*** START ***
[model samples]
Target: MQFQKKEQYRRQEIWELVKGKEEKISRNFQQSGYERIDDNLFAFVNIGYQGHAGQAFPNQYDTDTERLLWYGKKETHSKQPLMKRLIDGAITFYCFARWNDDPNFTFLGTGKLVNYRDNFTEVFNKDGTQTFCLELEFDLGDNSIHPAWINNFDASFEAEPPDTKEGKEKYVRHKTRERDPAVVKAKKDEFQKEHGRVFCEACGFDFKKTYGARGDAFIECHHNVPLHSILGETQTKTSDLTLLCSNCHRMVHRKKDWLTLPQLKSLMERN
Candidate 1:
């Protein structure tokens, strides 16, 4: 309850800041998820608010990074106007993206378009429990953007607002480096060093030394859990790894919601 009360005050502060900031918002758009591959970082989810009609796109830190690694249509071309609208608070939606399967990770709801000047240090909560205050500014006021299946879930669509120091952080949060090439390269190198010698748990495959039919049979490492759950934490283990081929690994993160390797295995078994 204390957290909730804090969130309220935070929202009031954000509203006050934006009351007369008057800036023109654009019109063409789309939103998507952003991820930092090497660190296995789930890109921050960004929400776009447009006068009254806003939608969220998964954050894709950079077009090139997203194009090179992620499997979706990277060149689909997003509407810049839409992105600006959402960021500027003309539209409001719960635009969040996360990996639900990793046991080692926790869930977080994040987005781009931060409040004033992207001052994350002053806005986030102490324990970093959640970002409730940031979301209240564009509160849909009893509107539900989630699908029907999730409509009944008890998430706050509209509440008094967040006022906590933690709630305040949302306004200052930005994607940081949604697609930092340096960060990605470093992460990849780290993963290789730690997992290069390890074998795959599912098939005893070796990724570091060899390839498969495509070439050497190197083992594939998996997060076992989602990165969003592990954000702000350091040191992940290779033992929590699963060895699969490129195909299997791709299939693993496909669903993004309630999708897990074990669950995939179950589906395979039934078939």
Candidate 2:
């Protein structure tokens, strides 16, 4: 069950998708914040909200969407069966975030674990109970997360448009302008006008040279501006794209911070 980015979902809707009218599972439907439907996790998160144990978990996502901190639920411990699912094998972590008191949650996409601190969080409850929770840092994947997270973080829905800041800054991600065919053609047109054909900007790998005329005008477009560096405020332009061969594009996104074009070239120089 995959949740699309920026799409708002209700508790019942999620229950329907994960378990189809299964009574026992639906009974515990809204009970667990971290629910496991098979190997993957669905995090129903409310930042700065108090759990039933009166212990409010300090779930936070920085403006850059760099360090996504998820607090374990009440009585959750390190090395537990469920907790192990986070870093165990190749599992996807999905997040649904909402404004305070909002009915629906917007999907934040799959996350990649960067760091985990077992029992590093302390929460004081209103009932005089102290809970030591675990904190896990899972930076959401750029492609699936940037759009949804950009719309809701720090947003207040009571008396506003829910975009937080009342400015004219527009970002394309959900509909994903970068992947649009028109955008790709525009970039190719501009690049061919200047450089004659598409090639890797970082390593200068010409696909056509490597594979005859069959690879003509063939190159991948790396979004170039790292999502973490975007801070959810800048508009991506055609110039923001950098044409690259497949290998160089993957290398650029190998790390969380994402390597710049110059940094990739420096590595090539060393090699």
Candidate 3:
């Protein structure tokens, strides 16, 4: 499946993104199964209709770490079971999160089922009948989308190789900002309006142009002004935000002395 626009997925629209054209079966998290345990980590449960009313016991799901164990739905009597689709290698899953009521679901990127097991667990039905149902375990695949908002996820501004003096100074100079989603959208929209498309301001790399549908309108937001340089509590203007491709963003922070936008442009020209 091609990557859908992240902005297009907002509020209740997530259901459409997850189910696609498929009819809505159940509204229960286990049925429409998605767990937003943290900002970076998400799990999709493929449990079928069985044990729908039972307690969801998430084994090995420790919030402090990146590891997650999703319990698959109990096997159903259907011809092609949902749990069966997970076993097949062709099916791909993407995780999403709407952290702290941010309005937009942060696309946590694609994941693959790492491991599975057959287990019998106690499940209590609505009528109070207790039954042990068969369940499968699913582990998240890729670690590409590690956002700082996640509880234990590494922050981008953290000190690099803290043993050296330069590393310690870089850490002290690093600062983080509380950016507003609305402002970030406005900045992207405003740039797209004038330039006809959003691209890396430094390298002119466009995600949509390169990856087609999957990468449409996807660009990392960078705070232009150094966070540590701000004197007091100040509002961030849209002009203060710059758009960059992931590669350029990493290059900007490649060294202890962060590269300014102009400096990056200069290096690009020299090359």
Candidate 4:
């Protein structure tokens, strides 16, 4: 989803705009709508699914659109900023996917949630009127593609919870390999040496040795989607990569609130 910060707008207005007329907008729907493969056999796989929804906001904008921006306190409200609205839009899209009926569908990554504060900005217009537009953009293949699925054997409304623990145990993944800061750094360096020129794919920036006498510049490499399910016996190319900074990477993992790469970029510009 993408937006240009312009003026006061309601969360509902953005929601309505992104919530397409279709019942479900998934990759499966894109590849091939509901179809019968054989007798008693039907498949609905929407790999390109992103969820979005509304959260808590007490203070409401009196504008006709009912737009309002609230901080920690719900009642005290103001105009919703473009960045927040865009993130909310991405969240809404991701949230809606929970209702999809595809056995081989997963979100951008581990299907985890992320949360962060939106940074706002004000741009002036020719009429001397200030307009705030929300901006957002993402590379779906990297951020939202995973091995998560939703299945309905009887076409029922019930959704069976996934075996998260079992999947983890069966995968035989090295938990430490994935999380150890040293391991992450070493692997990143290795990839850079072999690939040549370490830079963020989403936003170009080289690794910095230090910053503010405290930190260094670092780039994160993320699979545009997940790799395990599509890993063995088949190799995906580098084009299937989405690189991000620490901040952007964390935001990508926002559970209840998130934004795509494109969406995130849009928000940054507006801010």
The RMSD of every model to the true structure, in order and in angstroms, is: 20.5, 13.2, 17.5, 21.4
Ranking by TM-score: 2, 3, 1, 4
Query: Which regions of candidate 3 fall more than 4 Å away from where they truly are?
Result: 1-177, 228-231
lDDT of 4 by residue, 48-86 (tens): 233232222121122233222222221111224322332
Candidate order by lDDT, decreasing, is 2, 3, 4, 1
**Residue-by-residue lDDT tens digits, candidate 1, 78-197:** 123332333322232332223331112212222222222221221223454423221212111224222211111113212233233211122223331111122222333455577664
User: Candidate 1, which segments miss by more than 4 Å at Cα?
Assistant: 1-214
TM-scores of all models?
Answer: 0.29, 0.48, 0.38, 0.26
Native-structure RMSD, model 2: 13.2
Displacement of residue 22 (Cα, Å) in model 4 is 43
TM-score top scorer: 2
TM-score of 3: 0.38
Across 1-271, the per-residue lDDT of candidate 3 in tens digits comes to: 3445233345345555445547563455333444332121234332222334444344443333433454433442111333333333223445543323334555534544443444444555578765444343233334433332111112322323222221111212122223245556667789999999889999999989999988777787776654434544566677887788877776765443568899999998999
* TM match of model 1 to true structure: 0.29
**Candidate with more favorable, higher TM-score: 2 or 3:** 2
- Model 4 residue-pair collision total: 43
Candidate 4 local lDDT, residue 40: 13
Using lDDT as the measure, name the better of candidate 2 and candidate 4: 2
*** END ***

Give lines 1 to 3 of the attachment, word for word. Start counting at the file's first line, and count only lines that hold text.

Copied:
[model samples]
Target: MQFQKKEQYRRQEIWELVKGKEEKISRNFQQSGYERIDDNLFAFVNIGYQGHAGQAFPNQYDTDTERLLWYGKKETHSKQPLMKRLIDGAITFYCFARWNDDPNFTFLGTGKLVNYRDNFTEVFNKDGTQTFCLELEFDLGDNSIHPAWINNFDASFEAEPPDTKEGKEKYVRHKTRERDPAVVKAKKDEFQKEHGRVFCEACGFDFKKTYGARGDAFIECHHNVPLHSILGETQTKTSDLTLLCSNCHRMVHRKKDWLTLPQLKSLMERN
Candidate 1: